Who Owns Our Tongue? English, Academic Life, and Subjectivity

  • Kosuke Shimizu
Open Access


The issue of language as it relates to the disciplines of politics, International Relations (IR) and Asian Studies has received insufficient attention in contemporary academic circles, in part because of the uncritical assumption that language is an unloaded and transparent system of signs that merely conveys the meanings in the mind of the subject. Some scholars argue, however, that using English is a contradiction for the narratives of non-Western political theories and critical Asian Studies because, these critics suggest, English is an exclusively Western language. Nevertheless, the main language in contemporary academia is English, which accounts for a great deal of the publications, particularly in the case of the disciplines noted above. Even though the argument against the use of English in non-Western intellectual activities seems to be reasonable at first glance, a thorough investigation of the language and the disciplines will reveal some hidden and unquestioned assumptions underlying contemporary academic life, particularly relating to subjectivity. This article strives to criticize this immature acceptance of a naive equation of English with the West. Moreover, it argues that English is no longer a Western-owned language and that diversifying the ownership of English will direct us to a more democratic intersubjectivity. However, for this very reason, we must be prepared to accept a hitherto undreamt of grammatical transformation of English.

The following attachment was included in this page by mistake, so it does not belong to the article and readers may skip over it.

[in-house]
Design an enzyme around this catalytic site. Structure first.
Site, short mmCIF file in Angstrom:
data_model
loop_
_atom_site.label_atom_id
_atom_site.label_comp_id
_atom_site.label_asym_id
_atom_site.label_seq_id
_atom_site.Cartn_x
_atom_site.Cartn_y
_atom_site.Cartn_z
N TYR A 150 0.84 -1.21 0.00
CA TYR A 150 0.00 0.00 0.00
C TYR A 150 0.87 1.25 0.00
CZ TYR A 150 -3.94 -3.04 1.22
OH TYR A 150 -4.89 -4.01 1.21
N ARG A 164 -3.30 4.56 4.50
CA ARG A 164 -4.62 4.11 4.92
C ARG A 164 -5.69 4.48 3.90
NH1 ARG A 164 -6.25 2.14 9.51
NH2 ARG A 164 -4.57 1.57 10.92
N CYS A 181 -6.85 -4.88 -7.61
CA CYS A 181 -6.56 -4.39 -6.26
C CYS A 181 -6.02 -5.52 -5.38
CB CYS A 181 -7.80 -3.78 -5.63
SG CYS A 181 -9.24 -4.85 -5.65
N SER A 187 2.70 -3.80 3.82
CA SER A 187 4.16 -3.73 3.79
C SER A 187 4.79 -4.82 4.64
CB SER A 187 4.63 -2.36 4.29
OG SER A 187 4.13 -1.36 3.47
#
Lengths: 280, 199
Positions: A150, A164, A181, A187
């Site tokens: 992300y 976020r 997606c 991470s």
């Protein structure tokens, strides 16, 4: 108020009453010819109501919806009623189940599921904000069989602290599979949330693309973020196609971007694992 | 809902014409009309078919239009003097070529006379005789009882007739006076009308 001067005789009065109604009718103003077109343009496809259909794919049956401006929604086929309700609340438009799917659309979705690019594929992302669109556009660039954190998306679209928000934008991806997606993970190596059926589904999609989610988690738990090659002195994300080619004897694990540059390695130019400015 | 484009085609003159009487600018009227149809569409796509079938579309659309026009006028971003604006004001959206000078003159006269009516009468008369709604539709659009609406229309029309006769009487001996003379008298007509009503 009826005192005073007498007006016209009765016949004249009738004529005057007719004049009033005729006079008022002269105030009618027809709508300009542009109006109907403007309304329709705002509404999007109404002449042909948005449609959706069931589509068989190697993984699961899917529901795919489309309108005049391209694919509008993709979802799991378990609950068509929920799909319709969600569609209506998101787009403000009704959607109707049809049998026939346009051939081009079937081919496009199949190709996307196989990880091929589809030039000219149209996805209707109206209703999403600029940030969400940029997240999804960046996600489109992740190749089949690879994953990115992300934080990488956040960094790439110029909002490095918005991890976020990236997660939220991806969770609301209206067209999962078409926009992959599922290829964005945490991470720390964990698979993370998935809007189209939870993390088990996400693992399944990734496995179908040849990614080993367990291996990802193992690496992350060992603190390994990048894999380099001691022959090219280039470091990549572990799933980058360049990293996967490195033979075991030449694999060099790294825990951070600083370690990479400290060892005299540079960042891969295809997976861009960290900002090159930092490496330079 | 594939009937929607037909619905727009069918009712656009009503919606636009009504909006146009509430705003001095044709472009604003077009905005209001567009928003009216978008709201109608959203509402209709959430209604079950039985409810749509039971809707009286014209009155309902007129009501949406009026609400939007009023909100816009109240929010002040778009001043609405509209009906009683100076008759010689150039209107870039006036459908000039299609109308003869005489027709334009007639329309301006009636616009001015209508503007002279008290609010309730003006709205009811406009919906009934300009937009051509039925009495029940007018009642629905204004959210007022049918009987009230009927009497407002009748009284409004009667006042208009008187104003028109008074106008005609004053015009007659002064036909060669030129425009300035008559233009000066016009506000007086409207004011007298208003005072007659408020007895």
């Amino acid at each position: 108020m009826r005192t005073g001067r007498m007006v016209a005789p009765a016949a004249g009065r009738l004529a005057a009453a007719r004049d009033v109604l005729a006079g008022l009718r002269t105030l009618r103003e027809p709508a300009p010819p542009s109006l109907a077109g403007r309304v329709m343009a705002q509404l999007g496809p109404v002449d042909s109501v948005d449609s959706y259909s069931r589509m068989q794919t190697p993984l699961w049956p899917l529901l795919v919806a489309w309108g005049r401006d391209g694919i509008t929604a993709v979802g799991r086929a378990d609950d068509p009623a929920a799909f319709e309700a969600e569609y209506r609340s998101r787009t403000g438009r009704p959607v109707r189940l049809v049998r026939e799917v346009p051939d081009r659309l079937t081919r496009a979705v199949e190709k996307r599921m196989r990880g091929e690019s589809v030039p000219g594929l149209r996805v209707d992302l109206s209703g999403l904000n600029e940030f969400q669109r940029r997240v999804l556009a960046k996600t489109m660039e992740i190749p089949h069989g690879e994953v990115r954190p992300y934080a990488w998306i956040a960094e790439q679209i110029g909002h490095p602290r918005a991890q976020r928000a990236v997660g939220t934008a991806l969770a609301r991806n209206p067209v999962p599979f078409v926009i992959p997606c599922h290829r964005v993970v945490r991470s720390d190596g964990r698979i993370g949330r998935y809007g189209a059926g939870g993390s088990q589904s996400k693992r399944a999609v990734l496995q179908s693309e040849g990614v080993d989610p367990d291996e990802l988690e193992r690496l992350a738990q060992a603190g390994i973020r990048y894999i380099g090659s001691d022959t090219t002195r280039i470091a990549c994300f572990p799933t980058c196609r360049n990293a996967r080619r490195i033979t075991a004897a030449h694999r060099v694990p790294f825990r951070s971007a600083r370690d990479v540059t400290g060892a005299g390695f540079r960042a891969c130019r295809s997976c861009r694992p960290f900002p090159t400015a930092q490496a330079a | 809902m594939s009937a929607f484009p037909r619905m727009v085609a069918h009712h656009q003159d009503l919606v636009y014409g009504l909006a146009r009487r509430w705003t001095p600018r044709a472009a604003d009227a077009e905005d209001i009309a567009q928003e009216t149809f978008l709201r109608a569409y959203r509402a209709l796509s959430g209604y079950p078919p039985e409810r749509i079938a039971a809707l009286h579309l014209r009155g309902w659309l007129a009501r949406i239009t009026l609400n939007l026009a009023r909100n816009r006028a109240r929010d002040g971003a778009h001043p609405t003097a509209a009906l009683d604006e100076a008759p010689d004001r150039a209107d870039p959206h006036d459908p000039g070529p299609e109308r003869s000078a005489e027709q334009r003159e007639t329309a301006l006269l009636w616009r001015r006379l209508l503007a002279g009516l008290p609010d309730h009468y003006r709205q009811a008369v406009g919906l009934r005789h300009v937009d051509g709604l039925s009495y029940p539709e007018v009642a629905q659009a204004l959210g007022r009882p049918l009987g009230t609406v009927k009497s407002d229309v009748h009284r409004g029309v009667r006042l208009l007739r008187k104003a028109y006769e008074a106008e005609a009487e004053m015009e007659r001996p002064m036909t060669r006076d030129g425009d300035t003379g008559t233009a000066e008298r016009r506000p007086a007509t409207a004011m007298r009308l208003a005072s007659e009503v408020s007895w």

International Relation Academic Life Outer Circle International Relation World Affair 
These keywords were added by machine and not by the authors. This process is experimental and the keywords may be updated as the learning algorithm improves.


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© Kosuke Shimizu 2014

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  • Kosuke Shimizu

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